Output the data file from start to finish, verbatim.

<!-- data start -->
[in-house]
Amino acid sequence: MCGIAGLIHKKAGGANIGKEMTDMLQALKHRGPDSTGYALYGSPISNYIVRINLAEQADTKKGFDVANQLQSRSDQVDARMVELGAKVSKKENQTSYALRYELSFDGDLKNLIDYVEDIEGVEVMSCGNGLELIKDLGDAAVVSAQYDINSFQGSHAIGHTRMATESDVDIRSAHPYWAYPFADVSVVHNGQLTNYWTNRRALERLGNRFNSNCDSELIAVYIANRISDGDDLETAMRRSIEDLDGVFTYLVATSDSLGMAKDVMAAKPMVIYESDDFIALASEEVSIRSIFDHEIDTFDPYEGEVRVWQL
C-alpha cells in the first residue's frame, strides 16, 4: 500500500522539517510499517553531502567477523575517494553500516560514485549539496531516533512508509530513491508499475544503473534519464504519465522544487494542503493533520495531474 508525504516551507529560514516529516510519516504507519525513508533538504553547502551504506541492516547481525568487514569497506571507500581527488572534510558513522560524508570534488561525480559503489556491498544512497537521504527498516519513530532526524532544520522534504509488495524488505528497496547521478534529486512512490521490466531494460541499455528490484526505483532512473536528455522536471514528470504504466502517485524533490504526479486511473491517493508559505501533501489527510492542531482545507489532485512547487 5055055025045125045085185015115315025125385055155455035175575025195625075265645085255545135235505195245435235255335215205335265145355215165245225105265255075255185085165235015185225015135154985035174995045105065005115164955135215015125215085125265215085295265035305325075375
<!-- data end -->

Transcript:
[in-house]
Amino acid sequence: MCGIAGLIHKKAGGANIGKEMTDMLQALKHRGPDSTGYALYGSPISNYIVRINLAEQADTKKGFDVANQLQSRSDQVDARMVELGAKVSKKENQTSYALRYELSFDGDLKNLIDYVEDIEGVEVMSCGNGLELIKDLGDAAVVSAQYDINSFQGSHAIGHTRMATESDVDIRSAHPYWAYPFADVSVVHNGQLTNYWTNRRALERLGNRFNSNCDSELIAVYIANRISDGDDLETAMRRSIEDLDGVFTYLVATSDSLGMAKDVMAAKPMVIYESDDFIALASEEVSIRSIFDHEIDTFDPYEGEVRVWQL
C-alpha cells in the first residue's frame, strides 16, 4: 500500500522539517510499517553531502567477523575517494553500516560514485549539496531516533512508509530513491508499475544503473534519464504519465522544487494542503493533520495531474 508525504516551507529560514516529516510519516504507519525513508533538504553547502551504506541492516547481525568487514569497506571507500581527488572534510558513522560524508570534488561525480559503489556491498544512497537521504527498516519513530532526524532544520522534504509488495524488505528497496547521478534529486512512490521490466531494460541499455528490484526505483532512473536528455522536471514528470504504466502517485524533490504526479486511473491517493508559505501533501489527510492542531482545507489532485512547487 5055055025045125045085185015115315025125385055155455035175575025195625075265645085255545135235505195245435235255335215205335265145355215165245225105265255075255185085165235015185225015135154985035174995045105065005115164955135215015125215085125265215085295265035305325075375